With interest rates pushed to some of the lowest levels in recent memory and with federal deficits returning to high levels over the past few years, it was only a matter of time before concern about inflation materialized. The recession and aftermath of September 11th created concern for falling prices, particularly for wealth-holding assets other than stocks; the appropriate policy posture for deflation is expansionary monetary and fiscal policy. Still, early signs of possible price increases appeared for scrap steel and other raw materials.
China, increasingly a major world manufacturing center, has increased world demand for many raw materials. These initial price increases have had minimal impacts on the U.S. Productivity gains in the U.S. have kept inflation in check, but, as the U.S. and other economies step up their rates of growth, demand is pushing prices further upward, while domestic productivity shows signs of slowing. As a result, we might expect increased rates of price appreciation. The Consumer Price Index (CPI) increased in one month by an annualized rate of 3.6 percent; the CPI is up 2.3 percent over year-ago levels. One-month rate increases are not enough for a trend, but concern for inflation is now a reality.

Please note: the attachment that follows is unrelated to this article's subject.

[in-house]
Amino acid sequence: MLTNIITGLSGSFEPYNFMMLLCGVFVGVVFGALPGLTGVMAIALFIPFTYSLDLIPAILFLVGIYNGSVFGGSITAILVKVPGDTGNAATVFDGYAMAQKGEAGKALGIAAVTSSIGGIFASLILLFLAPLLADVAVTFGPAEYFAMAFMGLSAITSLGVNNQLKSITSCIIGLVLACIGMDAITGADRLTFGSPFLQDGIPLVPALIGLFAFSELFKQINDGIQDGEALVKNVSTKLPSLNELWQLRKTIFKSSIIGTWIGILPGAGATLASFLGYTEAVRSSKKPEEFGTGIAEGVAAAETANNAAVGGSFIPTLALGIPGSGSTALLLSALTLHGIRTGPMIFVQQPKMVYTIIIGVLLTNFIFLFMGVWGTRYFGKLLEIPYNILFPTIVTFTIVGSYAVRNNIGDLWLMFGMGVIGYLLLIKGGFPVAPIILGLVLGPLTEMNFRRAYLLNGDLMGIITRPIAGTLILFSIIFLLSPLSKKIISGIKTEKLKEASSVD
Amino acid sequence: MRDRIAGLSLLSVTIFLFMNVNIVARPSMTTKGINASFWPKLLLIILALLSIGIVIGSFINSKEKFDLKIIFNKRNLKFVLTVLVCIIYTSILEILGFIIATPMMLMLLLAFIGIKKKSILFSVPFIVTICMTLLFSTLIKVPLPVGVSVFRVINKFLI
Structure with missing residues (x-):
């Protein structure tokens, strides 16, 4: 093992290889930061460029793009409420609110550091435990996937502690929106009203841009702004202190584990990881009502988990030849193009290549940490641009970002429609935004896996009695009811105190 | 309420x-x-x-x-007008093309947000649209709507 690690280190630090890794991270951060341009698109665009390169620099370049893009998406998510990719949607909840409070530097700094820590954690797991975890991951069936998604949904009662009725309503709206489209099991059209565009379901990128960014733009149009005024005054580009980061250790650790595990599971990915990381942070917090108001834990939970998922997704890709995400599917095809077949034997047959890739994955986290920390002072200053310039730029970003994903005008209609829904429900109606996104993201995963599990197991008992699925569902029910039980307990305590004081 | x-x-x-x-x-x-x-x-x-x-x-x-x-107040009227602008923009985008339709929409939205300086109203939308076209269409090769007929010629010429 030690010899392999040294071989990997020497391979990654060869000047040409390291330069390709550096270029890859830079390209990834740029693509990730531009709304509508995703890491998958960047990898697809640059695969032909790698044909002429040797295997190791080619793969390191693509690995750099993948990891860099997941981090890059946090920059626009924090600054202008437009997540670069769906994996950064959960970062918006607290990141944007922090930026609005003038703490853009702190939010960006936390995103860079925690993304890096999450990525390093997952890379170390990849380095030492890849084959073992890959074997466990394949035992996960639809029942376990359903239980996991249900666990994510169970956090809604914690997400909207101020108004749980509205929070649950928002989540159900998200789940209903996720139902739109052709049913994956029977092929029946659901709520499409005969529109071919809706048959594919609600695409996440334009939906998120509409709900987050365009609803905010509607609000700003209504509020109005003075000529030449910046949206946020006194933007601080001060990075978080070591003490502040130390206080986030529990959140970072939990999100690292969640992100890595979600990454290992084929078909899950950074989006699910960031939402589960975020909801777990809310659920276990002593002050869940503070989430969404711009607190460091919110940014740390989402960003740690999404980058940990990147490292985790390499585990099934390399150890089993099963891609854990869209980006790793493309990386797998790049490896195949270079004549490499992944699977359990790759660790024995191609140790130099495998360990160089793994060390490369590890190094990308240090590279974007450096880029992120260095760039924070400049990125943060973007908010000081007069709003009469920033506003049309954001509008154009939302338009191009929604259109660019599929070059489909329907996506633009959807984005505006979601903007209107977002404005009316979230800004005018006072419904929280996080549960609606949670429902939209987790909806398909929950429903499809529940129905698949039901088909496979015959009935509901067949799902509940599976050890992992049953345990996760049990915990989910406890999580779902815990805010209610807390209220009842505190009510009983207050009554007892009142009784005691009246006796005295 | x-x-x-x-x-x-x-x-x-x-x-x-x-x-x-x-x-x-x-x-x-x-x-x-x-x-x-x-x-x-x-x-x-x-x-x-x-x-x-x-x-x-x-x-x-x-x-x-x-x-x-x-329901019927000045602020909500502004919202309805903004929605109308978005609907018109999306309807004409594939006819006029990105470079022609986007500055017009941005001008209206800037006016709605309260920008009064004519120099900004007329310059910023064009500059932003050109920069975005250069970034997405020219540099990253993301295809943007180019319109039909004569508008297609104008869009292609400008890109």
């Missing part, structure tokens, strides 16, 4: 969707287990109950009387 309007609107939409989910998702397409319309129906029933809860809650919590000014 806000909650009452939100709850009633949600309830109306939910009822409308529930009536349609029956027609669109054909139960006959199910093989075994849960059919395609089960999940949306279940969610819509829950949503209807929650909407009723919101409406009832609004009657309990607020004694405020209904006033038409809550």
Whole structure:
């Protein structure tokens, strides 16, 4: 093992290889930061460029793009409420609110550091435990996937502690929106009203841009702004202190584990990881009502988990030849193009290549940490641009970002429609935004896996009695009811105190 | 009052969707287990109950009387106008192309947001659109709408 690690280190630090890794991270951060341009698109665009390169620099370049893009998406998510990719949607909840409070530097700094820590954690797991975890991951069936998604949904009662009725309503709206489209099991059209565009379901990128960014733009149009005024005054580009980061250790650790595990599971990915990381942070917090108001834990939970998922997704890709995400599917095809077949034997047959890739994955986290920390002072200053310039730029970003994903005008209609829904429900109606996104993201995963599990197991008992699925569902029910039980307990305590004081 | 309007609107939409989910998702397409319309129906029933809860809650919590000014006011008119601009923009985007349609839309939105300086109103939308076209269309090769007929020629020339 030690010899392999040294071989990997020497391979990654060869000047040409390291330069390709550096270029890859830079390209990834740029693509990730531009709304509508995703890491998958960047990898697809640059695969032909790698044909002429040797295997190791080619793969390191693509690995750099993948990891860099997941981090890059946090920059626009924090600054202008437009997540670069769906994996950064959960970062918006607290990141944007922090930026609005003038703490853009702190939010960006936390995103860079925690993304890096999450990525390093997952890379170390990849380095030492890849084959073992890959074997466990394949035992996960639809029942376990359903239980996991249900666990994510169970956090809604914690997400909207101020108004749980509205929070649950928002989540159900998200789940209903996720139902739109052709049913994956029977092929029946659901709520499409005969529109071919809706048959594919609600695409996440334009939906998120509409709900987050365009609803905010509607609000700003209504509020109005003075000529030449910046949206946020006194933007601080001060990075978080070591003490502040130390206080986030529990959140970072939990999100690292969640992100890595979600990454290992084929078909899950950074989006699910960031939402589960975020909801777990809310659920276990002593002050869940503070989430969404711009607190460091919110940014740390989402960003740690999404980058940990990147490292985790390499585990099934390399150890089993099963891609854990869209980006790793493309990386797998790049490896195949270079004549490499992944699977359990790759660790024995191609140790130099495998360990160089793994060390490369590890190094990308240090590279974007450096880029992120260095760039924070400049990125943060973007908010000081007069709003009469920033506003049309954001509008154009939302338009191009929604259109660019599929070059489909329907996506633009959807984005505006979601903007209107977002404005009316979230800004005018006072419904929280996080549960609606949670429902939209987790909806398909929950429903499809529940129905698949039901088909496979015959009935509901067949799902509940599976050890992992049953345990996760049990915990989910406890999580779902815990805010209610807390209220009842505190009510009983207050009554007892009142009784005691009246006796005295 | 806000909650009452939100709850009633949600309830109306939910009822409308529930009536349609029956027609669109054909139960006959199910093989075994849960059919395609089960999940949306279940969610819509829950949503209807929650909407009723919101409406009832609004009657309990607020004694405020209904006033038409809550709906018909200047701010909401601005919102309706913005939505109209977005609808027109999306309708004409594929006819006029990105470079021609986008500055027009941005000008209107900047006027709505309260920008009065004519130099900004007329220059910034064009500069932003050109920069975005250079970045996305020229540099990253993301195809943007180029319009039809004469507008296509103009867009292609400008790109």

The upward movement in raw materials is a boon to rural Nevada’s resource-based economy. Urban Nevada (Las Vegas and Reno) continues to experience growth. For example, taxable sales were up 14.5 percent and 8.8 percent over year-ago levels for Clark and Washoe Counties, respectively. Gaming revenues continue to grow at double-digit rates for Las Vegas.